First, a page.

If we accept that a bird in the hand is the worth two in the bush then the idea that the receipt of performance (even part performance) confers a benefit over and above the right to performance, and can be exchanged for something from the recipient, is consistent with the core idea of the consideration doctrine. All that remains is to replace the bilateral contract analysis in Williams v Roffey with a unilateral contract analysis (the promisor is only bound if the stipulated performance is actually received). This is preferable to three recently mooted alternatives to consideration as the primary test of enforceability: (i) the test of serious intention subject to contrary policies advanced in Antons Trawling v Smith; (ii) the version of promissory estoppel advanced in Collier v Wright, and (iii) leaving it all to the vitiating factors advocated in Gay Choon Ing v Loh Sze Ti Terence Peter.
    ISBN: 9780199583706
  • M Chen-Wishart, Contract Law, 3rd edition (Oxford University Press 2010)
  • M Chen-Wishart, 'Transparency and Fairness in Bank Charges' (2010) 126 Law Quarterly Review 157 [Case Note]
    ISBN: 0023-933X
  • M Chen-Wishart, 'Objectivity and Mistake: the Oxymoron of Smith v Hughes' in J Neyers, R Bronough, SGA Pitel (ed), Exploring Contract Law (Hart 2009)
    The author explores the contours of the ?objective test of intentions? and concludes that Smith v Hughes and other ?mistake of terms? cases said to represent exceptional subjectivity trumping the objective approach are straightforward applications of objectivity; there is no need, indeed no room, for resort to subjectivity. Further, stabilizing the language of ?mistake,? ?defective consent,? and ?void? allows  vital distinctions to be drawn between contract formation and vitiation which explains why known non-correspondence of any term prevents contract formation, while mistaken assumptions must be shared and fundamental to void a contract.  It also allows us to map the related areas of rectification, non est factum, mistaken identity and misrepresentation.
    ISBN: 9781841139067
  • M Chen-Wishart, 'Bank Charges: A Lesson in Interpreting EC Law' (2009) 125 LQR 389
    This discusses the Court of Appeal decision in Office of Fair Trading v Abbey National and 7 Others [2009] EWCA Civ 116 in which Sir Anthony Clarke MR upheld the High Court's rejection of the banks' claim that their penalty charges are exempt from the test for unfairness under regulation 6(2). It examines the purposive interpretation of the Unfair Terms in Consumer Contracts Regulations 1999 as law of EC origin. It argues that while ensuring transparency is insufficient consumer protection under the Regulations, Sir Anthony Clarke goes too far in effectively requiring terms to be negotiated. The focus of regulation 6(2) is a difficult-to-stabilise something in between; namely, only the exemption of terms which are sufficiently important from the consumer's perspective that they can be said to be meaningfully consented to by consumers.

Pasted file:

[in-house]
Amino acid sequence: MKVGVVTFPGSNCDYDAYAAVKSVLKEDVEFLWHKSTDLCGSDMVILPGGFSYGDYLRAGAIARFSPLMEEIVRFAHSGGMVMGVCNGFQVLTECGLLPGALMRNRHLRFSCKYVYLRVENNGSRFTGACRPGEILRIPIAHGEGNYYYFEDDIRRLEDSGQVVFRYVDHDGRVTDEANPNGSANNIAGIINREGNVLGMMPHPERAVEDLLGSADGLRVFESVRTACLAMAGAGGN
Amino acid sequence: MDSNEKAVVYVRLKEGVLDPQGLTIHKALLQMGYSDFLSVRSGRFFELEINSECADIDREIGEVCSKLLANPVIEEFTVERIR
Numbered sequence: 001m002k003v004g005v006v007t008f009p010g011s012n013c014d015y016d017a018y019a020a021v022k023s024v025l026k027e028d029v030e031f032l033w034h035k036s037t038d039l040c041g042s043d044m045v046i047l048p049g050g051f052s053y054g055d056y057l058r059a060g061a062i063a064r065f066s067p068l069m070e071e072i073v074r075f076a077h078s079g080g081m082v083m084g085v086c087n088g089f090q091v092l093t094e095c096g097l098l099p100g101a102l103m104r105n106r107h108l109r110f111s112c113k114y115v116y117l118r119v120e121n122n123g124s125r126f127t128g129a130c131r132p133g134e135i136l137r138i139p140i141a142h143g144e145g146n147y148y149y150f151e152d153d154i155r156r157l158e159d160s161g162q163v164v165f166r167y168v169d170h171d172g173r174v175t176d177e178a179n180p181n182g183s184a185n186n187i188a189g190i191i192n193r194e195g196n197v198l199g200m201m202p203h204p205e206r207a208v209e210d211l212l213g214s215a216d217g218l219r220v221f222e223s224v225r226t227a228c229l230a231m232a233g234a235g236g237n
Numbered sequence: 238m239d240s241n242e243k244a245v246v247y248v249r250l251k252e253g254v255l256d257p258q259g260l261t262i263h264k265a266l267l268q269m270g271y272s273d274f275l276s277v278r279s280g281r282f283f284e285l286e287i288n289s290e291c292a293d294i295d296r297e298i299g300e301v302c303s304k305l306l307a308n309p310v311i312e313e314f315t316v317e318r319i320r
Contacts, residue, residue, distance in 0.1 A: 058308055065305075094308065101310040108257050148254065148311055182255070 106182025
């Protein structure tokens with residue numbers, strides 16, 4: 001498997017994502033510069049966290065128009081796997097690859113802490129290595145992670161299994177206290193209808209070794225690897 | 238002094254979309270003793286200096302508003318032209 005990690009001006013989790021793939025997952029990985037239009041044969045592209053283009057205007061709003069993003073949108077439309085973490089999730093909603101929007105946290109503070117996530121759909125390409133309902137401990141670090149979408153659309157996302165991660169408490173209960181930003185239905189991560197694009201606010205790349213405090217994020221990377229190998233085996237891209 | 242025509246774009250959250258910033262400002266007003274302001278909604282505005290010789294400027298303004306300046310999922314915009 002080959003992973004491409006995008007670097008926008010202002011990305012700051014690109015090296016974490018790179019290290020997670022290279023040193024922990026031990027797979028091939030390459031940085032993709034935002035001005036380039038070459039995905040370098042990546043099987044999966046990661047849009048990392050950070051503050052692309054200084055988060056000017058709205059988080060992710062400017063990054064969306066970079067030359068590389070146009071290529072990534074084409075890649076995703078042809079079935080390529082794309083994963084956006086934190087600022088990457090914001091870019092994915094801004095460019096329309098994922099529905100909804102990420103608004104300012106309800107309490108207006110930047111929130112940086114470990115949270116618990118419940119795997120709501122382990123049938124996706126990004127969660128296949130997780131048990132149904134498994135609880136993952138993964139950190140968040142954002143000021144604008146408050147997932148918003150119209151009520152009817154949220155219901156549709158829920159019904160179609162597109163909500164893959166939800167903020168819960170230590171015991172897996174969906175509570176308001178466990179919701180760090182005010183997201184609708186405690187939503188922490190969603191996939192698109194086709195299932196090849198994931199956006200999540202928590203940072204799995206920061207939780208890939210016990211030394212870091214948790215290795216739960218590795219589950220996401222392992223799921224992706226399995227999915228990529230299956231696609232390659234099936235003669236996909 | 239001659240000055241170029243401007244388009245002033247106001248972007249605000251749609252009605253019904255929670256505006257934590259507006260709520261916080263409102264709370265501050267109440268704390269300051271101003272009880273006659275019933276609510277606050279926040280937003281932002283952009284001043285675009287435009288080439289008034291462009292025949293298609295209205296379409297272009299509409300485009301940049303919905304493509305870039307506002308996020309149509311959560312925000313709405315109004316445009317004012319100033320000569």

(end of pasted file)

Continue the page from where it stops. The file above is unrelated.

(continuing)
• M Chen-Wishart, 'Consideration and Serious Intention' (2009) SJLS 434
    The doctrine of consideration has come under increasing attack. In Gay Choon Ing v. Loh Sze Ti Terence Peter, Andrew Phang Boon Leong J.A. of the Singapore Court of Appeal raises the spectre of its replacement with the doctrines of economic duress, undue influence, unconscionability and promissory estoppel. In response to the reasoning of Phang J.A. and others, I argue that: (i) consideration is not a meaningless doctrine; in particular, the adequacy of consideration is relevant to the enforceability of an agreement and ?practical benefit? can be made a meaningful concept; (ii) contract law does not, and should not, enforce all seriously intended undertakings; and (iii) the vitiating factors do not simply interrogate the presence of contractual intention and cannot replace the functions performed by consideration.
  • M Chen-Wishart, Contract Law, 2nd ed (Oxford University Press 2008)
  • M Chen-Wishart, 'Unfairness of Bank Charges' (2008) 124 LQR 561
    This discusses the High Court decision in Office of Fair Trading v Abbey National Plc and 7 Others [2008] EWHC 875 (Comm). First, it examines the relevant considerations in determining,  and the standard required for language to be, 'plain and intelligible'. Second, it assesses Andrew Smith J's reasoning and conclusion that the relevant bank charges fall outside the exemption for so-called 'core' terms.  Third, it criticisesthe banks' argument that contravention of good faith requires procedural unfairness.
  • M Chen-Wishart, 'Undue Influence Vindicating Relationships of Influence' (2007) OUP Current Legal Problems 2006 (Volume 59) 231
    ISBN: 0-19-921211-2
  • M Chen-Wishart, Contract Law (OXford University Press 2005)
  • M Chen-Wishart, Jack Beatson and Eltjo Schrage and others, Ius Commune Casebooks for the Common Law of Europe: Cases, Materials and Texts on Unjustified Enrichment (Hart Publishing 2003)
    The title is self-explanatory.I was a contributing editor for the United Kingdom with Prof Beatson with primary responsibility for 107 pages (of 585 total pages) being pps 31-34, 104-114, 171-173, 252-281, 285-319, 322-332, 524-542.
    ISBN: 1-84113-126-1
  • M Chen-Wishart, In Defence of Unjust Factors: A Comparative Study of Duress, Fraud and Exploitation (Oxford U Comparative L Forum 2 at 2000)
  • M Chen-Wishart, '“Unjust Factors and the Restitutionary response” ' (2000) 20 Oxford Journal of Legal Studies 557



Research projects


Research Interests

Contract, Restitution, Contract theory, Comparative Law

Options taught

Contract, Jurisprudence, Philosophical Foundations of the Common Law, Restitution of Unjust Enrichment

Research projects